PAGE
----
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Definitions of Doctrine
by C. D. Cole
Volume II- SIN, SALVATION, SERVICE
PART 1-THE BIBLE DOCTRINE OF SIN
CHAPTER 6-The Punishment of Sin-Number 1
We are about to write upon a very solemn theme. The flesh will not be entertained, but the spirit may be profited. Much grace is always needed for a profitable hearing of God’s word; the flesh which profiteth nothing will hinder. Our treatment of this theme will be admittedly heavy reading and it will require interest and effort on the part of the reader to get the truth. Many people have ruined their taste for good reading by feeding their minds upon trashy literature. What many people read is a revelation of their mental laziness and moral depravity. They demand that which will gratify their fleshly lusts. We are sometimes accused of speaking over people’s heads, dealing with subjects they cannot understand. Well, the only way we could keep from speaking over the heads of some people would be for us to quote nursery rhymes and talk about rag dolls and stick horses.
No criminal will enjoy a lecture on the time, place and nature of the punishment to be meted out to him, and no lost man will enjoy a sermon on the punishment he will receive for his violation of the law of God. When “Pastor” Russell was speaking to a large crowd, in denial of the truth on this theme, a thoroughly worldly man promised him a liberal donation because he said it made him so comfortable to feel that there is no hell. And when Robert Ingersoll was once inveighing against the doctrine of eternal punishment, a drunkard stood up and said, “Make it mighty strong, Bob, for a lot of us fellows are depending on you.” And every lost man vainly hopes that there is no such a thing and place as hell.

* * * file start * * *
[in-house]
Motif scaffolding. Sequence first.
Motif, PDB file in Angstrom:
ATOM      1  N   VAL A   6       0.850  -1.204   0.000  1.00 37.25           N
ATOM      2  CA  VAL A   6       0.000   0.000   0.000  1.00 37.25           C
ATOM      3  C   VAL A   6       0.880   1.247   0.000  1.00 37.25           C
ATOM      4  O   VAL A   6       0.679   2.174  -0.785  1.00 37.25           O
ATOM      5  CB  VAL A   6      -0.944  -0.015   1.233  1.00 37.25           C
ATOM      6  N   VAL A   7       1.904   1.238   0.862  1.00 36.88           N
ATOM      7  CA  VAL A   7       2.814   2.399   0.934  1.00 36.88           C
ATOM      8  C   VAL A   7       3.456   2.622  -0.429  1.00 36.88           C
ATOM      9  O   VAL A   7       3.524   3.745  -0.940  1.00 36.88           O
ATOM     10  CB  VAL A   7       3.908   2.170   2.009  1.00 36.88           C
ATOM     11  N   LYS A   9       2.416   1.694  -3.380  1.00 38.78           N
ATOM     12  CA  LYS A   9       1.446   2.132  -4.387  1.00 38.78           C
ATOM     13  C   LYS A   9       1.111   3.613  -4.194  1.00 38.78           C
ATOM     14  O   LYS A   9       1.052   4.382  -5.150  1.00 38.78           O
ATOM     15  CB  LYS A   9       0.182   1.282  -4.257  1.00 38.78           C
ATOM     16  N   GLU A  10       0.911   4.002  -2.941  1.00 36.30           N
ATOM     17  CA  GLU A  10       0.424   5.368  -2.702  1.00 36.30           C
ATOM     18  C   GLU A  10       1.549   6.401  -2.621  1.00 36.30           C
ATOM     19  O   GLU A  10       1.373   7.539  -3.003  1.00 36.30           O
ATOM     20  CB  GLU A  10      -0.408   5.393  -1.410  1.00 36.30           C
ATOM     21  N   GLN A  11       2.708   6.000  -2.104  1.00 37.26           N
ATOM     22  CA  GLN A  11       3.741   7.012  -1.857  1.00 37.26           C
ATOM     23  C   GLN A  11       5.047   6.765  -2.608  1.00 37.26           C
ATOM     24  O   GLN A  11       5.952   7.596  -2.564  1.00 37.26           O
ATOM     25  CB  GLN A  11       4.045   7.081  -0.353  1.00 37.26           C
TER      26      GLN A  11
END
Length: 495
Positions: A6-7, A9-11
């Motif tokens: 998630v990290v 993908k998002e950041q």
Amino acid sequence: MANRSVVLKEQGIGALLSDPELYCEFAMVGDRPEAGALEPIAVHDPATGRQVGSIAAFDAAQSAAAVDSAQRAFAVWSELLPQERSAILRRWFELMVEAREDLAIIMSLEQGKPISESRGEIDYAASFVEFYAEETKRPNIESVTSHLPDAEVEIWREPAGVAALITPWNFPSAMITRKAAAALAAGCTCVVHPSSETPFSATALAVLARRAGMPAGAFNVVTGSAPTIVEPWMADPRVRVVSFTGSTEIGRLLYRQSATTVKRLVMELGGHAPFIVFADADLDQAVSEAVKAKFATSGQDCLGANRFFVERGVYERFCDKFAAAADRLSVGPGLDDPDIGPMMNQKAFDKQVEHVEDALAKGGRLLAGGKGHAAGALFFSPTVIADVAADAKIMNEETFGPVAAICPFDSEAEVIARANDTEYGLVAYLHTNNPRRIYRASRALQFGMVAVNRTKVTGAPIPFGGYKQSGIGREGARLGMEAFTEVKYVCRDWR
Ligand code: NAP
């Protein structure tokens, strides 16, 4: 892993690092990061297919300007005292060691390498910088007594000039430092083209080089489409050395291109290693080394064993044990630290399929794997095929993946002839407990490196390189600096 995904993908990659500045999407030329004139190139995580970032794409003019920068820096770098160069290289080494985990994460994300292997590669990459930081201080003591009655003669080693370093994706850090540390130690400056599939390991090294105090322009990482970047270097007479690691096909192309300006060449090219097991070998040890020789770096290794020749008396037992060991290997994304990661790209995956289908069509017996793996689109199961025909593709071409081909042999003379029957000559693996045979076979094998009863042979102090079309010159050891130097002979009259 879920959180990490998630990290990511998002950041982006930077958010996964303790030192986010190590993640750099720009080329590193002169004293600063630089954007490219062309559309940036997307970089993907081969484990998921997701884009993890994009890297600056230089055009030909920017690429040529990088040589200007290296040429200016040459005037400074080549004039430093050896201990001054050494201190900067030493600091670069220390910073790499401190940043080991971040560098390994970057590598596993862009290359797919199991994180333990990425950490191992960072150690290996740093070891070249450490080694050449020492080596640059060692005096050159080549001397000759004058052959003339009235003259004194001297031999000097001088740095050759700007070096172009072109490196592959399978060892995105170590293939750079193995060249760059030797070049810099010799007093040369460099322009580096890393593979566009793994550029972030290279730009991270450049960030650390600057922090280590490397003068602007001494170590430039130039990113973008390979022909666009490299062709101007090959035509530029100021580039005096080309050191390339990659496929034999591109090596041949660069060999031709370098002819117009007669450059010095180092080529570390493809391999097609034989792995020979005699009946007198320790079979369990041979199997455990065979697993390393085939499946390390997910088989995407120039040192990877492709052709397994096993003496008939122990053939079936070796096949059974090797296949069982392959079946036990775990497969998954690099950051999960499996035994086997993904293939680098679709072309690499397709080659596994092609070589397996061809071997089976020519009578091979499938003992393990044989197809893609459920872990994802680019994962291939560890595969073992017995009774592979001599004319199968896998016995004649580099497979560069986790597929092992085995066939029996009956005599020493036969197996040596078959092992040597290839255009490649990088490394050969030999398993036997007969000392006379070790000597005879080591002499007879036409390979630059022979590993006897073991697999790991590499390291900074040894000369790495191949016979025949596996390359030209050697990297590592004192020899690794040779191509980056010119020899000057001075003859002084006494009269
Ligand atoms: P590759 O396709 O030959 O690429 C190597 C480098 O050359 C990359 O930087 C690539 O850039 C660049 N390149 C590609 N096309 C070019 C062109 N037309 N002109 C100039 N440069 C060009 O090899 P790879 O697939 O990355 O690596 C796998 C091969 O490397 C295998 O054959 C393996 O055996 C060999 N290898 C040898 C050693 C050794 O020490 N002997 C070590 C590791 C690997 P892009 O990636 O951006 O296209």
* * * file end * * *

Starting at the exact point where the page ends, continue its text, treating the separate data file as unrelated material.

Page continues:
There is widespread denial of the truth about eternal punishment. I expect there is more literature being circulated today against this truth than against any other truth of the Bible. My good friend and brother, Dr. T.O. Reese, says: “The subject of eternal punishment is confessedly the most horrible and offensive doctrine held by evangelical Christians. It has been stigmatized as unreasonable, cruel, and God dishonoring, and those who teach and preach it have been called narrow bigots, Pharasaic dogmatists, and heartless theologians.”
You can hardly name a modern sect that does not either deny or eviscerate this Bible doctrine. Besides such groups as Christian Science, Russellites, Seventh Dayists, and Christadelphians, there are many individuals in the evangelical denominations who boldly and brazenly deny this truth. We allow that no truth should be rejected merely because heretics may hold it, but when such an imposing array of them is on one side of a question, there is certainly need for serious reflection, and a challenge to “Prove all things; hold fast that which is good.”
We are to preach upon this subject, first of all, because it is a part of the once delivered faith. Whatever God has revealed is to be our study and proclamation. Then, a discussion of this truth will increase the gratitude of the saints for their glorious salvation. They will see that they have been saved from something as well as to something. Moreover, a sermon on this solemn subject may, under God, put fear into the hearts of sinners, and cause them to flee the wrath to come. “Because there is wrath, beware lest he take thee away with his stroke: then a great ransom cannot deliver thee,” (Job 36:18). “It is appointed unto men once to die, but after this the judgment,” (Heb. 9:27). “Except ye repent ye shall all likewise perish,” (Luke 13:3).
THE NATURE OF MAN
Man is a compound being of three elements: body, soul, and spirit: “And the very God of peace sanctify you wholly; and I pray God your whole spirit and soul and body be preserved blameless unto the coming of our Lord Jesus Christ,” (1 Thess. 5:23). We can also think of man as a dual being when we wish to differentiate between that which is material and that which is immaterial. Our Lord divided man into two constituent parts when he admonished us not to fear Him that can only kill the body, but to “fear him which is able to destroy both soul and body in hell (gehenna),” (Matt. 10:28).